One of the early contenders for Best Adapted Screenplay is Top Gun: Maverick

Movies of all sizes are in the running for the Oscar for Best Adapted Screenplay this year.

This article contains preliminary information from IndieWire Best Adapted Screenplay Forecasts for the year 2023 oscars. We regularly update our predictions throughout awards season and re-release previous versions (like this one) so readers can keep track of changes in the Oscar race. For the latest update on the 95th Academy Awards frontrunners, head over to our 2023 Oscar Prediction Hub.

Nomination voting will take place January 12-17, 2023, with official Oscar nominations to be announced on January 24, 2023. Final voting will take place March 2-7, 2023. And finally, the 95th Oscars show will air Sunday, March 12 and air live on ABC at 8:00 p.m. ET / 5:00 p.m. PT. We’ll be updating the predictions throughout awards season, so keep checking IndieWire for all of our 2023 Oscar picks.

The state of the race

While the biggest contenders for Best Adapted Screenplay lie ahead, there have been films of all kinds that have sparked debate as to which film will win. In January, Sundance premiered Living, the small but great remake of Ikiru starring Bill Nighy and written by accomplished novelist Kazuo Ishiguro. Although it won’t be available to the public until November, Top Gun: Maverick, the summer’s biggest blockbuster, is also making Oscars buzz for screenwriters Peter Craig, Ehren Kruger, Justin Marks, Christopher McQuarrie and Eric Warren Singer.

Ultimately, the fall festivals will have the biggest impact on this category. Two-time Best Original Screenplay nominee Noah Baumbach moves closer to his first Oscar win by bringing Don DeLillo’s “White Noise” to the big screen and bringing his own take on a novel viewed by many as unadaptable. This film opens both the Venice Film Festival and the New York Film Festival, a premiere.

TIFF, meanwhile, will unleash several competitors. From acclaimed Canadian director Sarah Polley, Women Talking adapts Miriam Toews’ 2018 novel about several Mennonite women who meet to discuss their experiences of sexual assault and rape in their community. Sebastián Lelio’s crisis of faith drama The Wonder, starring Florence Pugh and an adaptation of Emma Donoghue’s novel about an English nurse assigned to watch a fasting girl; Donoghue wrote the screenplay with Alice Birch and Lelio, who won the 2017 Academy Award for Best International Film for A Fantastic Woman. TIFF will also premiere Rian Johnson’s sequel Glass Onion: A Knives Out Mystery, a sequel to his 2019 Best Original Screenplay nominee (sequels fall into the adapted category).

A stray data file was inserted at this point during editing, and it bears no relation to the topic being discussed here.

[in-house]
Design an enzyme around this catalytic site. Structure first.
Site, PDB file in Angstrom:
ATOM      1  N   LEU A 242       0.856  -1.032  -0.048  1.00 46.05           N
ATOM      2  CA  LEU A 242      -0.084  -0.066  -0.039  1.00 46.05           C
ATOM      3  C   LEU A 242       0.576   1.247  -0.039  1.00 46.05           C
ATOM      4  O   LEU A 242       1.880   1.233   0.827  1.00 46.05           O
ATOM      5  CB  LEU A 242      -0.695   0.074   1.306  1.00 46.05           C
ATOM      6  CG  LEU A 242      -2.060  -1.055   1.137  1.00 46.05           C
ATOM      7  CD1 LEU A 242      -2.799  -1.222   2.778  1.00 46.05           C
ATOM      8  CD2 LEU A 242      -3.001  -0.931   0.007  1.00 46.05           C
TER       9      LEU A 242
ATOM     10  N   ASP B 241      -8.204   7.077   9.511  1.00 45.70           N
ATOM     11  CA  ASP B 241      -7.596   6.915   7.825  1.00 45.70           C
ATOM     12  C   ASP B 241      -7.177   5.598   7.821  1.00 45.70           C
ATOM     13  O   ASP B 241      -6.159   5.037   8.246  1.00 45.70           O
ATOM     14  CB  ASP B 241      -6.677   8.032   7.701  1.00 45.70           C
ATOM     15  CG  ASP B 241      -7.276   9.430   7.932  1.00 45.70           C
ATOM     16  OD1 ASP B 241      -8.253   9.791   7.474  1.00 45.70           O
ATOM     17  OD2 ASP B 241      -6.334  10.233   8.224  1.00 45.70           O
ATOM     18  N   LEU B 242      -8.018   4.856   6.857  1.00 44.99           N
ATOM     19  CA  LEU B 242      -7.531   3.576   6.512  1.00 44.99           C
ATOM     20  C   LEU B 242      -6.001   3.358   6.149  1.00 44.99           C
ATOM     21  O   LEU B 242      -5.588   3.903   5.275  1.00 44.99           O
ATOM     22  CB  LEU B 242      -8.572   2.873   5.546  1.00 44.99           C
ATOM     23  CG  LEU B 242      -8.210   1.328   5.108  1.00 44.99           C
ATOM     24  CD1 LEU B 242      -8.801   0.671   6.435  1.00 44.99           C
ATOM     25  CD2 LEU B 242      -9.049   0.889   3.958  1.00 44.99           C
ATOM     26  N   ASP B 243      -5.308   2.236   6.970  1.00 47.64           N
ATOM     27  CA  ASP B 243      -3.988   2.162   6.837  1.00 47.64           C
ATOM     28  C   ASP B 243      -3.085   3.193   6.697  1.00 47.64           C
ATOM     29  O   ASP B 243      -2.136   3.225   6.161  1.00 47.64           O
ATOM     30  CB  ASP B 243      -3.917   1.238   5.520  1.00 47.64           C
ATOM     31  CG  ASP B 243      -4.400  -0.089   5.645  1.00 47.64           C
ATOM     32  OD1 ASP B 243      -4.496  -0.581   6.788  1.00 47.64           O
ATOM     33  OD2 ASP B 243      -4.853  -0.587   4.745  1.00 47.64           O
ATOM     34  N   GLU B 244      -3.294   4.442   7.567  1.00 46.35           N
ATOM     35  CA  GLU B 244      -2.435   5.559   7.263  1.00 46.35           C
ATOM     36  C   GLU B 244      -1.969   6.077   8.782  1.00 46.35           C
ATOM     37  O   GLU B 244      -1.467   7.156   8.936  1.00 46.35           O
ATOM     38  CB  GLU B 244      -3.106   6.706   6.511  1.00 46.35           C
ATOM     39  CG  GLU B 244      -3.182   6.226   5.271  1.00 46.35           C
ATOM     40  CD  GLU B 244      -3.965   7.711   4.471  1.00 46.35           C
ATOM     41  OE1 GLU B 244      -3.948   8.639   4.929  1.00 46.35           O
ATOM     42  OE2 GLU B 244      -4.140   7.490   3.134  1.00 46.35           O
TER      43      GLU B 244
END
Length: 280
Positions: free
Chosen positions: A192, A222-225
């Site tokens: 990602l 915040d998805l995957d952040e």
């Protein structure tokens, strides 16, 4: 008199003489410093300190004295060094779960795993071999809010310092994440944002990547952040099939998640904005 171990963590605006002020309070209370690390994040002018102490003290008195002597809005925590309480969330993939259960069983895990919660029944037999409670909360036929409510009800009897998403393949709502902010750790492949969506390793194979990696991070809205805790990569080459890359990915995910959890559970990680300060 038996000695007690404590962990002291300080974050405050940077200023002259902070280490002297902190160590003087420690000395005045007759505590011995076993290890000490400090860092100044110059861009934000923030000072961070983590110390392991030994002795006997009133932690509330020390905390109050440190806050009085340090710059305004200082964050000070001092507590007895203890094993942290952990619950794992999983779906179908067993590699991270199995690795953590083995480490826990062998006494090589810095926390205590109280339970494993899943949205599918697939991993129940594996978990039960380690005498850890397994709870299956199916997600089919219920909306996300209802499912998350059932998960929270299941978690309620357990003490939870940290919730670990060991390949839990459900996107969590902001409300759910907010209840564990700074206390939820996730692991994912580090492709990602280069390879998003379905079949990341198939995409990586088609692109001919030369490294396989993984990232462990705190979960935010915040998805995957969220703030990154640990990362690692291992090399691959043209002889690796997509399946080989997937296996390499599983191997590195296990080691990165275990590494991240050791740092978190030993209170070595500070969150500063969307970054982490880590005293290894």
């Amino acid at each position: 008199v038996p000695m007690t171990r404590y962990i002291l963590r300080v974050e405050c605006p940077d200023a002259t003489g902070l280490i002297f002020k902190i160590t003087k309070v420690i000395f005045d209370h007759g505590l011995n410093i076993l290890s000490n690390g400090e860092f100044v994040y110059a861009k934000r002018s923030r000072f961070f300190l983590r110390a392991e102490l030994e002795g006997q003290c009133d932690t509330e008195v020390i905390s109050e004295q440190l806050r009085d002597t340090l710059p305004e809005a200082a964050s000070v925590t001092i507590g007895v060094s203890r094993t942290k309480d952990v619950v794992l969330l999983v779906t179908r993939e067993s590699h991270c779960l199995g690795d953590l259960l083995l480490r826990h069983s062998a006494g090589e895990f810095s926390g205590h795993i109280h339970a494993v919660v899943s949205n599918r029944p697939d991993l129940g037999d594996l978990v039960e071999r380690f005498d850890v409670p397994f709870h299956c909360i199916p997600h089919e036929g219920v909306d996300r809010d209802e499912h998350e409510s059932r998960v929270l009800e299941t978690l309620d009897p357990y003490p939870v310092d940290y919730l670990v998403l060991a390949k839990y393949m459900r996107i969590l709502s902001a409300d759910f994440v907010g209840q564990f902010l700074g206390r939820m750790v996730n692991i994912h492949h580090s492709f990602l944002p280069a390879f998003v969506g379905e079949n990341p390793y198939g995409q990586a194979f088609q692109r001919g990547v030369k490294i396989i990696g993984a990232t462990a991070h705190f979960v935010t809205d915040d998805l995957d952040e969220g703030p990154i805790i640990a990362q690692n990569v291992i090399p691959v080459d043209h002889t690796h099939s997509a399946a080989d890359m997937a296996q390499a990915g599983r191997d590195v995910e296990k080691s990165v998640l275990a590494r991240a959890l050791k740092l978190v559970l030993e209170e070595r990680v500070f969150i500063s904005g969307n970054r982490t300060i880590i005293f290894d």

Venice will release two award-winning play adaptations, the first being the father-daughter drama The Whale, starring Brendan Fraser and adapted by Darren Aronofsky from Samuel D. Hunter, who is the sole writer of the feature film. The other theatrical adaptation taking off at Lido is Der Sohn, director Florian Zeller’s follow-up to Der Vater, for which he won an Oscar for Best Adapted Screenplay. As with The Father, the new film draws on Zeller’s stage work, with Christopher Hampton again credited as co-writer. NYFF, meanwhile, is premiering “She Said,” which adapts New York Times reporters Jodi Kantor and Megan Twohey’s non-fiction book about their coverage of Harvey Weinstein’s sexual assault history.

Finally, there are some year-end blockbusters that could keep Top Gun: Maverick company. While their predecessors didn’t receive screenplay nominations, the sequels to two of the highest-grossing films of all time, Black Panther: Wakanda Forever and Avatar: The Way of Water, have each received Adapted Screenplay recognition for how they rekindle passion for their respective franchises following obstacles such as the tragic loss of a lead actor or a hiatus of over ten years between films.

Oscar contenders are listed in alphabetical order. Only movies I’ve seen are considered top-ranked – so expect this list of top-ranked artists to change very soon.

Peter Craig and Matt Reeves (“The Batman”)
Dean Fleischer-Camp, Elisabeth Holm and Nick Paley (“Marcel the Shell with Shoes On”)
August Gore and George Miller (“Three Thousand Years of Our Lives”)
Kogonada (“After Yang”)
Ehren Kruger, Christopher McQuarrie and Eric Warren Singer (“Top Gun: Maverick”)

Noah Baumbach (“White Noise”)
Alice Birch and Sebastian Lelio (“The Wonder”)
Joe Robert Cole and Ryan Coogler (“Black Panther: Wakanda Forever”)
Guillermo del Toro, Gris Grimly, Patrick Hale and Matthew Robbins (“Guillermo del Toro’s Pinocchio”)
Christopher Hampton and Florian Zeller (“The Son”)
Samuel D. Hunter (“The Whale”)
Kazuo Ishiguro (“Life”)
Rian Johnson (“Glass Onion: A Knives Out Mystery”)
Rebecca Lenkiewicz (“She Said”)
Sarah Polley (“Women Talk”)

Long shots:
Christine Angot and Claire Denis (“Both Sides of the Blade”)
James Cameron and Josh Friedman (“Avatar: The Way of Water”)
Scott Cooper (“The Light Blue Eye”)
Brian Hayes Currie, Peter Farrelly and Pete Jones (“The Greatest Beer Run Ever”)
Andreas Dominik (“Blonde”)
Lena Dunham (“Catherine, aka Birdy”)
David Kajganich (“Bones & All”)
David Magee (“A Man Called Otto”)
David Magee (“Lady Chatterley’s Lover”)
Ron Nyswaner (“My Cop”)

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Lindsay Lowe

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